ShareThis Page

Kittanning faces Burrell hurdle in quest for 5-0 start

| Thursday, Sept. 26, 2013, 12:16 a.m.
East Allegheny's Praise Garner (6) attempts to cover Kittanning's Nick Bowers (83) as he completes a pass in the end zone for a Wildcats touchdown in the first half Friday, Sept. 6, 2013, at Kittanning High School.
Louis B. Ruediger | Leader Times
East Allegheny's Praise Garner (6) attempts to cover Kittanning's Nick Bowers (83) as he completes a pass in the end zone for a Wildcats touchdown in the first half Friday, Sept. 6, 2013, at Kittanning High School.

Twice this season, Kittanning has picked up a road win over a team it lost to in 2012. If it can do it a third time, the Wildcats will be in the mix for the Allegheny Conference title.

The Wildcats travel to Burrell on Friday with a chance at the team's first 5-0 start in more than a decade. They and Shady Side Academy are the only unbeaten teams remaining in the conference.

Kittanning (4-0, 3-0) has won every game this season, but its opponents' combined record sits at 5-11, which leaves the Wildcats looking for a signature win. Though the Bucs (2-2, 1-2) are mired in the middle of the conference standings, their two losses are to Shady Side Academy and third-place Valley, and the matchup is likely closer than the records indicate.

“They're a well-coached football team with a tailback (Ryan Sowol) that's a downhill runner who runs hard,” Kittanning coach Frank Fabian said. “We're going to have to wrap him up, and they're very good on the offensive and defensive lines. Basically, it's your typical Burrell team.”

Last year's meeting was an atypical matchup for both teams. Now-graduated Bucs back Cole Bush ran for more than 300 yards, and Kittanning tried to keep pace before falling 56-35.

While offensive fireworks are possible again, largely because of strong quarterback play in spread offenses from Kittanning's Braydon Toy and Burrell's Cody Wolfe, both coaches hope to get better performances from their defensive units.

“It was definitely a long game last year. We hope to be able to change some things we did,” Burrell coach Kevin Horwatt said. “We have to be able to slow the run and passing that they have to be successful and then move the ball and control the clock ourselves.”

Kittanning's biggest weapons are Toy, who is 16 yards short of 1,000 in total offense, and all-purpose threat Nick Bowers, who has 552 yards and a team-high eight touchdowns.

They are the focal point of the Wildcats' spread offense, a look that the Bucs haven't seen this season.

“Valley plays a little bit open, but this will be our first game against a team that really spreads it out,” Horwatt said. “It's a little different than sitting in your base defense. We have to make sure we get the right personnel in there and line up correctly.”

Wolfe also can mix it up for the Bucs. He has 341 passing yards 133 rushing yards.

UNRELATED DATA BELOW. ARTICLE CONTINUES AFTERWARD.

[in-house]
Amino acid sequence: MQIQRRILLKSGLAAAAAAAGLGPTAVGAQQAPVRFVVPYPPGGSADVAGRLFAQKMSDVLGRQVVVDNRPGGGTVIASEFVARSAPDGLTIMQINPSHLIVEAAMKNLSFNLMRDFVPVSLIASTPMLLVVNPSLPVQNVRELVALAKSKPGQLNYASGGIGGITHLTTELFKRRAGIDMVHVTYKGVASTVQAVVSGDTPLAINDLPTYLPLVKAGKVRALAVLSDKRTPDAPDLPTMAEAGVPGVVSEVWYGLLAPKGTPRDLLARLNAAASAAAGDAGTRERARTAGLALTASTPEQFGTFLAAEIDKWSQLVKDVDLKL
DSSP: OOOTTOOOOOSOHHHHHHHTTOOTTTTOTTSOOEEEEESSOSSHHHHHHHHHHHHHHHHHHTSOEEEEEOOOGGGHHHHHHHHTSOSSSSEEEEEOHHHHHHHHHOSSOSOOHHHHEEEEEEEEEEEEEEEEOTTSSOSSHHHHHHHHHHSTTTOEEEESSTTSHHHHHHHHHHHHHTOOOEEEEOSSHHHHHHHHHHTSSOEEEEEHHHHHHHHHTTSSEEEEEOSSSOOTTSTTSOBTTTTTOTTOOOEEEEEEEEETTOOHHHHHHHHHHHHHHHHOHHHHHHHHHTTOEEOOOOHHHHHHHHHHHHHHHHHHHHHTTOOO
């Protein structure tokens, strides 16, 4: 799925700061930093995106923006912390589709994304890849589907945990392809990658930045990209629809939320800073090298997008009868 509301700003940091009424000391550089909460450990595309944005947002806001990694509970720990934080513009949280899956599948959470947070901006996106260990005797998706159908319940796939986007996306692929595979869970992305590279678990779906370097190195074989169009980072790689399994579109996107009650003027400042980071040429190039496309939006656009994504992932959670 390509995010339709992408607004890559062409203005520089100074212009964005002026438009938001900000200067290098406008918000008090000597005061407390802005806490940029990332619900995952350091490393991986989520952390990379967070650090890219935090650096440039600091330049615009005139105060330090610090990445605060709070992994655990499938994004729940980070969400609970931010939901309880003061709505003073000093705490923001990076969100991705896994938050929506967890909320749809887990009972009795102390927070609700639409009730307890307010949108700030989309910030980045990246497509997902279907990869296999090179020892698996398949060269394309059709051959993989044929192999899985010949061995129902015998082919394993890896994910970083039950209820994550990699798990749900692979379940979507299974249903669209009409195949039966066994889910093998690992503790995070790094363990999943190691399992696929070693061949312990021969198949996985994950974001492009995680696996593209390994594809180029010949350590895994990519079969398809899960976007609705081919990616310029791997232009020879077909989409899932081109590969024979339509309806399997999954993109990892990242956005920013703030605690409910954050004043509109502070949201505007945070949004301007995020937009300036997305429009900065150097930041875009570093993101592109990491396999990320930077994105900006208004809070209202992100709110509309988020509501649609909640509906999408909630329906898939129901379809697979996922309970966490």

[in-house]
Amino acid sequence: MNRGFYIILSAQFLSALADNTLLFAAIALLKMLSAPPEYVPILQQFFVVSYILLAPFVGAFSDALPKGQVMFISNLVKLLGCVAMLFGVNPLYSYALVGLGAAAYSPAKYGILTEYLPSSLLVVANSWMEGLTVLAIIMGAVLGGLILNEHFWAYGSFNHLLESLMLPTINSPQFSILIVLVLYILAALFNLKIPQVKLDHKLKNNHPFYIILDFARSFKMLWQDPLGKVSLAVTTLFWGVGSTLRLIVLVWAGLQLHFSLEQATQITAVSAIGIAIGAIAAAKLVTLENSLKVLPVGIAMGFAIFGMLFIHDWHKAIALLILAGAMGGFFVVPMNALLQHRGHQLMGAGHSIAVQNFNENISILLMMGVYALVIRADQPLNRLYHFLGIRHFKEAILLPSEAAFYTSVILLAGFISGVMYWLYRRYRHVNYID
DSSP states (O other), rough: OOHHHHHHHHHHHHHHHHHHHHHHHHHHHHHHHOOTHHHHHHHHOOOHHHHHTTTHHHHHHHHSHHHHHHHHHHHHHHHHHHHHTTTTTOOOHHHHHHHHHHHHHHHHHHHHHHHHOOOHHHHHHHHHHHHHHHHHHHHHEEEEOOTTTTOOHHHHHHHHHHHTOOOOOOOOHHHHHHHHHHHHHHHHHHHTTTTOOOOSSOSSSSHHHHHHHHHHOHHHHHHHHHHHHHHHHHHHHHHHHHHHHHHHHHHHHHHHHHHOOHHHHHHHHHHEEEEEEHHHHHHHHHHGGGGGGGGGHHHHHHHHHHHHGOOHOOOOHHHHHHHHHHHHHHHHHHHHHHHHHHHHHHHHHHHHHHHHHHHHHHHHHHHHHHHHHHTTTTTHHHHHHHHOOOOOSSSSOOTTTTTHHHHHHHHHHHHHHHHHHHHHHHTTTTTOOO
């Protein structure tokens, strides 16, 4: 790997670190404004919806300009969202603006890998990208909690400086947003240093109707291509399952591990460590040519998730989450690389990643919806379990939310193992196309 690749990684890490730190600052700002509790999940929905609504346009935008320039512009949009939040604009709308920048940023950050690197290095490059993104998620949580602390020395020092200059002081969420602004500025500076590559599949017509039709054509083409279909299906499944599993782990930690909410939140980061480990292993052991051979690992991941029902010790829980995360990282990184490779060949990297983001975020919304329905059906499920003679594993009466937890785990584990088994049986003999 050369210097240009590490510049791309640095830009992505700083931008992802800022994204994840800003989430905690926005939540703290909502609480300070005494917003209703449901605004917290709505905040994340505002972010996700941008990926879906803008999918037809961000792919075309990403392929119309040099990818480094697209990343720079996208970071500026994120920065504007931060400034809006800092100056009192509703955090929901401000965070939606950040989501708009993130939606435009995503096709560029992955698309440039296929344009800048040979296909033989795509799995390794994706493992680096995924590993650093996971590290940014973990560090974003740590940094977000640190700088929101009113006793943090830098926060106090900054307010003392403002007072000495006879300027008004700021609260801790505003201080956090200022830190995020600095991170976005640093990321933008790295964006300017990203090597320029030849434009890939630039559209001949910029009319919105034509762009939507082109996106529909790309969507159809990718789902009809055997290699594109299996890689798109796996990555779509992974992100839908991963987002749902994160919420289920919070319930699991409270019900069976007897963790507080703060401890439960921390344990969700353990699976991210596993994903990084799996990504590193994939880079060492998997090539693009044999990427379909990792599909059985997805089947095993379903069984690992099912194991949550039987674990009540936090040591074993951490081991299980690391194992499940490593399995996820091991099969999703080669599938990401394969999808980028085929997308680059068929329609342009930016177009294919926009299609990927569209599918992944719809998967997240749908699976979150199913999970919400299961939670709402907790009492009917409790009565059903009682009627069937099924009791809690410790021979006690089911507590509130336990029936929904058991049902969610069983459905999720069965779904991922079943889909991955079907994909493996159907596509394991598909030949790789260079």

“I think any time you see a team with a quarterback who makes the kind of reads he does, the goal is to try to confuse him and give the other team some looks that they haven't seen before,” Fabian said.

Both coaches said execution will be important in the matchup, which could play a big role in playoff seeding at the end of the year.

“Our kids have kept a workmanlike attitude, and to be honest, I have not noticed a difference in this week from any of the previous four,” Fabian said. “They do a great job of pushing the reset button each week, coming in Monday and focusing on the task at hand, which this week, is Burrell.”

Matt Grubba is a staff writer for Trib Total Media. Reach him at or via Twitter @Grubba_Trib.

TribLIVE commenting policy

You are solely responsible for your comments and by using you agree to our Terms of Service.

We moderate comments. Our goal is to provide substantive commentary for a general readership. By screening submissions, we provide a space where readers can share intelligent and informed commentary that enhances the quality of our news and information.

While most comments will be posted if they are on-topic and not abusive, moderating decisions are subjective. We will make them as carefully and consistently as we can. Because of the volume of reader comments, we cannot review individual moderation decisions with readers.

We value thoughtful comments representing a range of views that make their point quickly and politely. We make an effort to protect discussions from repeated comments either by the same reader or different readers

We follow the same standards for taste as the daily newspaper. A few things we won't tolerate: personal attacks, obscenity, vulgarity, profanity (including expletives and letters followed by dashes), commercial promotion, impersonations, incoherence, proselytizing and SHOUTING. Don't include URLs to Web sites.

We do not edit comments. They are either approved or deleted. We reserve the right to edit a comment that is quoted or excerpted in an article. In this case, we may fix spelling and punctuation.

We welcome strong opinions and criticism of our work, but we don't want comments to become bogged down with discussions of our policies and we will moderate accordingly.

We appreciate it when readers and people quoted in articles or blog posts point out errors of fact or emphasis and will investigate all assertions. But these suggestions should be sent via e-mail. To avoid distracting other readers, we won't publish comments that suggest a correction. Instead, corrections will be made in a blog post or in an article.